Herbert: Early Election If Chaffetz Resigns

Apr 20, 2017
thefederalistpapers.org

Utah’s Third District Republican Congressman Jason Chaffetz announced Wednesday that he will not seek reelection to his seat in 2018. Amid speculation of what could be next for Chaffetz and his district, Gov. Gary Herbert has announced that there will be a special election if the Congressman resigns early.

ap.org

Deserae Turner who survived being shot in the head by two teens in a crime that shocked her small town of Smithfield is leaving the hospital after more than two months.

alaforveterans.org

Utah female students are accusing a national organization of having a sexist dress code.

The dress code for the American Legion of Auxiliary's Utah Girls State requires girls wear only blouses with skirts or dresses throughout most of the program. It specifically bans pantsuit options.

navajopeople.org

Much of Rainbow Bridge National Monument along Lake Powell in southern Utah has gained a new protected status.

The National Park Service says 85 acres within the 160-acre monument have been designated a "traditional cultural property" due to the site's historic and ongoing cultural significance to at least six American Indian tribes.

Pexels

In February, President Donald Trump declared in the tweet that the media was fake news, failing and “the enemy of the American people.” Although other modern presidents had tensions with the press, University of Utah professor RonNell Anderson Jones said no president—including Nixon, Obama, Johnson and Carter—publicly declared an all-out war on the press like Trump.

chaffetz.house.gov

Jason Chaffetz announced Wednesday morning that he will not seek re-election in 2018. On Facebook, Chaffetz argued public service should not be for a full career. His opponents cite growing nationwide frustration over his performance as one reason for his announcement to not seek re-election for Utah's third House district.

Tom Szalay is a photographer who began his career working for a newspaper. He now teaches at West High School in Salt Lake City and has published a book titled “Even a Sparrow Has Found a Home.”

Katherine Taylor

  

  

For more than a hundred years, people have walked along the canal trails in Cache Valley. Community members continue to use dozens of dirt trails for jogging and biking. Now elected officials are discussing how best to preserve these trails for future generations.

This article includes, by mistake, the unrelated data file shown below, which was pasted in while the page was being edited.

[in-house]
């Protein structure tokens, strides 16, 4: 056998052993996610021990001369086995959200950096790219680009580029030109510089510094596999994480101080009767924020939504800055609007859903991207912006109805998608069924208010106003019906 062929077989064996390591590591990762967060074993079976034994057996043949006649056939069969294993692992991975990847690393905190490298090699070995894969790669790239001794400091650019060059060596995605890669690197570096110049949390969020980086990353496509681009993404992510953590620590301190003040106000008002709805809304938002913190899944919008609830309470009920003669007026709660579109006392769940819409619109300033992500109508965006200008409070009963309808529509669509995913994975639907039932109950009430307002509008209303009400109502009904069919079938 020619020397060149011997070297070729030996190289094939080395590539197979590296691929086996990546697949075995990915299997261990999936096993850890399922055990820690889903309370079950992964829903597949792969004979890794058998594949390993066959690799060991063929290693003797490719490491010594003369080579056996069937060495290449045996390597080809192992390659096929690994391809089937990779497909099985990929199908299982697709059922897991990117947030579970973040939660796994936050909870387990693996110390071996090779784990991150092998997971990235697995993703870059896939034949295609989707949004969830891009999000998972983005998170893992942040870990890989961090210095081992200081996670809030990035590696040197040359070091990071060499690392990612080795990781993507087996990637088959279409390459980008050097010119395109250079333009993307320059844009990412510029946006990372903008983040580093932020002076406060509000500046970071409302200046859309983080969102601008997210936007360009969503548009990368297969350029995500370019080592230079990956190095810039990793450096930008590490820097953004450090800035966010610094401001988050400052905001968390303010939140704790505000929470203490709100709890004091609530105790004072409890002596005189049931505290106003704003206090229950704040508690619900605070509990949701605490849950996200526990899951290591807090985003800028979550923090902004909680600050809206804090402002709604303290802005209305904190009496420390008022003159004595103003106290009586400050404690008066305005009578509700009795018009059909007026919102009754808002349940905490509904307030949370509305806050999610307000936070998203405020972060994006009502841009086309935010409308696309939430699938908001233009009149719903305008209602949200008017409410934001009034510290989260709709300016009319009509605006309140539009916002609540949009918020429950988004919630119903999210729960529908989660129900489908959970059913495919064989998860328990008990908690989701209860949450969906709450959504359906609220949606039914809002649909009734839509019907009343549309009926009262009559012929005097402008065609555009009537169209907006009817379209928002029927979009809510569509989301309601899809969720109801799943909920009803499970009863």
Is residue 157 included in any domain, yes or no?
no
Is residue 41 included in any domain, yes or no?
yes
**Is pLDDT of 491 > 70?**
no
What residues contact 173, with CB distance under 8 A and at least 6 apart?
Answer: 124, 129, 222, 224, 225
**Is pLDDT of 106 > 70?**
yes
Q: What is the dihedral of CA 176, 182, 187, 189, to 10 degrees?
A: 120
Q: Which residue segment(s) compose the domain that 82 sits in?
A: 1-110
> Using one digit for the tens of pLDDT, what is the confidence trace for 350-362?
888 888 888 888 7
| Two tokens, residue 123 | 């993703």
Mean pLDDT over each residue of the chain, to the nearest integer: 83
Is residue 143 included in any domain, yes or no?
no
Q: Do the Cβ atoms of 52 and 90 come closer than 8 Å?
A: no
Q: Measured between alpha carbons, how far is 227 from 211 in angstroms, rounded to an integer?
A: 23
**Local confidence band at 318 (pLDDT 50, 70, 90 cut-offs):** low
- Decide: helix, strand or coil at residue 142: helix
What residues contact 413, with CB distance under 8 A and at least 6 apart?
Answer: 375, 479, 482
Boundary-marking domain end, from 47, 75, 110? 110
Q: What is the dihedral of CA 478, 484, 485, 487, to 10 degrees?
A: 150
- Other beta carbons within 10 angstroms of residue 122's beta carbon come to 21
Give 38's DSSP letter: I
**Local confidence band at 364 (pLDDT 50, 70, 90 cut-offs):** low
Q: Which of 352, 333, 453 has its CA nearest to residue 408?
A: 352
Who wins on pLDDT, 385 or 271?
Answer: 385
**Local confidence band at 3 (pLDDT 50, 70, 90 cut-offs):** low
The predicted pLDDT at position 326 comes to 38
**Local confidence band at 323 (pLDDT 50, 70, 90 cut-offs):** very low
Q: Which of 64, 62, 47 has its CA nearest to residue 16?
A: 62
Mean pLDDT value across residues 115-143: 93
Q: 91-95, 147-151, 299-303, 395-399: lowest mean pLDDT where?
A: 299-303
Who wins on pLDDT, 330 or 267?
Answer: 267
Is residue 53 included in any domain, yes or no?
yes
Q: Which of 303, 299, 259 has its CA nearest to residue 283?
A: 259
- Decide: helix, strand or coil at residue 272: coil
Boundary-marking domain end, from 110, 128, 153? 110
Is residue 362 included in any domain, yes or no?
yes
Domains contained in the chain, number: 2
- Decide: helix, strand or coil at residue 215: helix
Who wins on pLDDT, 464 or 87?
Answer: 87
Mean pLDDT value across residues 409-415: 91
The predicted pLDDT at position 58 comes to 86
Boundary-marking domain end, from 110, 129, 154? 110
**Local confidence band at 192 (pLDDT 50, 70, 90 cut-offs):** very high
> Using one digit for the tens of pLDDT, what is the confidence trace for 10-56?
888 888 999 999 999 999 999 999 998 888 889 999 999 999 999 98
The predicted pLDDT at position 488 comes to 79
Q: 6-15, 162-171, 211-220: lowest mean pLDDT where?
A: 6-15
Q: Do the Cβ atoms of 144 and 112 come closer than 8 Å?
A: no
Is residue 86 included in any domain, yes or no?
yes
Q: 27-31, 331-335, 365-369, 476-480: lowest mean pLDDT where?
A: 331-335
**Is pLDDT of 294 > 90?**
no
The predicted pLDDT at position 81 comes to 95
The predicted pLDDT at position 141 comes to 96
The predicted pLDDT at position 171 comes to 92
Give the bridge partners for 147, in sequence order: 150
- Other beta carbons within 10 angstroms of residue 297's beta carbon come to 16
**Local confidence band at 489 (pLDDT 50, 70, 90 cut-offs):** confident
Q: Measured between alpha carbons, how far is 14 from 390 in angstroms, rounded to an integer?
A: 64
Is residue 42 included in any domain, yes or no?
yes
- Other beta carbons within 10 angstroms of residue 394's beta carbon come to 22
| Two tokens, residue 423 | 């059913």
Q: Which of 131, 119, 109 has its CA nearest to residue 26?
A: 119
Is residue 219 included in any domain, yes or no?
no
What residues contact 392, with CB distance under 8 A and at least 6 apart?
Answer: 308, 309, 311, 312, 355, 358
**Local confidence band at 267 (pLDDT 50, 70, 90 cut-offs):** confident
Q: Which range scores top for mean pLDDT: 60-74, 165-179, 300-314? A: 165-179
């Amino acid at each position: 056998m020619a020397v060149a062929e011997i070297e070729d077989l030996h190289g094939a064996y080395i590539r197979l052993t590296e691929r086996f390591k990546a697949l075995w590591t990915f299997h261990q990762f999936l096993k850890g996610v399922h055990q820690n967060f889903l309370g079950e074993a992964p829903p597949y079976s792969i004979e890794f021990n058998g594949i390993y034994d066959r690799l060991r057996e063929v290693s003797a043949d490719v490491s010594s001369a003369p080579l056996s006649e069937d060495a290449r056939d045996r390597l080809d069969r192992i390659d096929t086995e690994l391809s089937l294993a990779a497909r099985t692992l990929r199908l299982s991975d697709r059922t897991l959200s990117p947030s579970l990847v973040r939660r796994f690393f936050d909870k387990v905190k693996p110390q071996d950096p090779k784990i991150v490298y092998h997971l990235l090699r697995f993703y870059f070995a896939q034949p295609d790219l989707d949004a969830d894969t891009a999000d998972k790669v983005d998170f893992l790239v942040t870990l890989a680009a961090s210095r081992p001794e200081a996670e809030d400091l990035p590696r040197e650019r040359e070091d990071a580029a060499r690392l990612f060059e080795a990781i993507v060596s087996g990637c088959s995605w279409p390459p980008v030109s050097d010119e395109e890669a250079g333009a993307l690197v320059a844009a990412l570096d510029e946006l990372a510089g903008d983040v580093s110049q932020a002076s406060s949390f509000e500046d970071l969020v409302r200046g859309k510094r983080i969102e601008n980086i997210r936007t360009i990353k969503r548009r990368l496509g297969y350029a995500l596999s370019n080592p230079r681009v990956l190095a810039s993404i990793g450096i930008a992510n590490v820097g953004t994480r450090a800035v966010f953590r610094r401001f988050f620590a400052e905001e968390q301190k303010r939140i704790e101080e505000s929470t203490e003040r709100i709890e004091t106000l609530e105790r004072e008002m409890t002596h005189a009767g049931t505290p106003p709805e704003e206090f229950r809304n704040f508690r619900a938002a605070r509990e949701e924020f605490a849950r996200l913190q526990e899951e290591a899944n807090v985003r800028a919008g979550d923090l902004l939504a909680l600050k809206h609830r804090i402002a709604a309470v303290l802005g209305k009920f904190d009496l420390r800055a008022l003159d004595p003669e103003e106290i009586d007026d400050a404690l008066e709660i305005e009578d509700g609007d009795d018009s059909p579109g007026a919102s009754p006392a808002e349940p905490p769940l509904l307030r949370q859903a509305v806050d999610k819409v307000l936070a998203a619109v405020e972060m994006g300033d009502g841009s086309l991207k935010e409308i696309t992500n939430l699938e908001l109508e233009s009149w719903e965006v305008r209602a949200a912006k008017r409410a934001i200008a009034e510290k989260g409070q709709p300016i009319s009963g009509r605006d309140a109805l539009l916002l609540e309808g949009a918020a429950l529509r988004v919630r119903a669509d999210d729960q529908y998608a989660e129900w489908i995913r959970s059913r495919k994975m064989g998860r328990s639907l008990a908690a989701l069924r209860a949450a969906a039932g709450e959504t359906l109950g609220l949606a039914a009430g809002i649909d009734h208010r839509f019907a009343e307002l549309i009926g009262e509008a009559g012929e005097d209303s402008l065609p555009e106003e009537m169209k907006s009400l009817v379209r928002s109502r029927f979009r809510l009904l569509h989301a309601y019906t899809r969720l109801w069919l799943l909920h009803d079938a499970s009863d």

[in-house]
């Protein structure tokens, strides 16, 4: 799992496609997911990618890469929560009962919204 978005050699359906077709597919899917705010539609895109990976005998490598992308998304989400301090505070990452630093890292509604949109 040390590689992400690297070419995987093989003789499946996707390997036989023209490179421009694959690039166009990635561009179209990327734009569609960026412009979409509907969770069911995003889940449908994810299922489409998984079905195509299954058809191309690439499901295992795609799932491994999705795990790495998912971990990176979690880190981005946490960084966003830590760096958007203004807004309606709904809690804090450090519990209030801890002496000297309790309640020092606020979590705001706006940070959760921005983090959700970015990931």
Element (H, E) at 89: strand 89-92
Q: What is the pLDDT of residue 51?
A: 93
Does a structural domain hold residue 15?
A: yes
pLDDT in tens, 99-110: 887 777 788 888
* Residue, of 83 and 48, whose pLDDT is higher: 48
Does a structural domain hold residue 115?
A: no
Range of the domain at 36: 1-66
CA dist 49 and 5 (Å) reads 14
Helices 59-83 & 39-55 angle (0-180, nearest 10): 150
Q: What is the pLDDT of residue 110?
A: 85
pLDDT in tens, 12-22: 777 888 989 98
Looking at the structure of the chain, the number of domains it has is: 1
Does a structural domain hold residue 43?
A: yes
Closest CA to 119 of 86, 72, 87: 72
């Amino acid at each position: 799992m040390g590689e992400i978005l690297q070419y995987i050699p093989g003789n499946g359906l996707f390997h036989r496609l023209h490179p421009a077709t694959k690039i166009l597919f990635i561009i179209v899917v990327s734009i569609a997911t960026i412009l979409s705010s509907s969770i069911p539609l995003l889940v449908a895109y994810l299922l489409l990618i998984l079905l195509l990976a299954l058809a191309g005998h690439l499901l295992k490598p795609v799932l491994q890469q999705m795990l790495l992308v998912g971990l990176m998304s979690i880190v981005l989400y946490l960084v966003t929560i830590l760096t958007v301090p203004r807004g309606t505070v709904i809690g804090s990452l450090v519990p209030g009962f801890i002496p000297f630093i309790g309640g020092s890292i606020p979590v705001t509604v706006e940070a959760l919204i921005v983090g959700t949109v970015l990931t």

Advances in sensor technology and data storage are dramatically changing how scientists understand human behavior. And residential water use is a behavior that effects citizens across the West. 

commons.wikimedia.org

A judge has rejected a request by the federal government to disband the shared police department in a polygamous community on the Arizona-Utah border as a punishment for a religious discrimination verdict against the sister cities.

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As Utah Public Radio begins research for a new original series, we want your knowledge and opinions.

Utah is a state endowed with many natural wonders. Hear about it on this weekly nature series. Check out the latest episodes.

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The Cherokee Nation is suing top drug distributors and pharmacies — including Wal-Mart — alleging they profited greatly by "flooding" communities in Oklahoma with prescription painkillers, leading to the deaths of hundreds of tribal members.

A federal judge ruled Tuesday that the Trump administration cannot withhold federal funds from jurisdictions that limit their cooperation with immigration authorities, commonly known as sanctuary cities.

For the first time in more than a decade, Mexicans no longer make up the majority of immigrants staying in the U.S. illegally, according to new estimates by the Pew Research Center.

TV and film writers resumed contract negotiations Tuesday with Hollywood producers with a powerful bargaining tool. Late Monday, the Writers Guild of America said members had overwhelmingly authorized a strike if an agreement is not reached by May 1. That's when the current contract runs out.

More than 90 percent of eligible writers voted to authorize a strike, even though the last strike a decade ago cost some writers their jobs and shut down TV and movie production.

In November, young boxer Amaiya Zafar traveled from Minnesota to Florida to fight her first competitive bout.

But before Zafar even had her gloves on, officials called off the fight – they told the 16-year-old she had to remove the hijab she wore or forfeit the match. A devout Muslim, Zafar refused, and her 15-year-old opponent was declared the victor.

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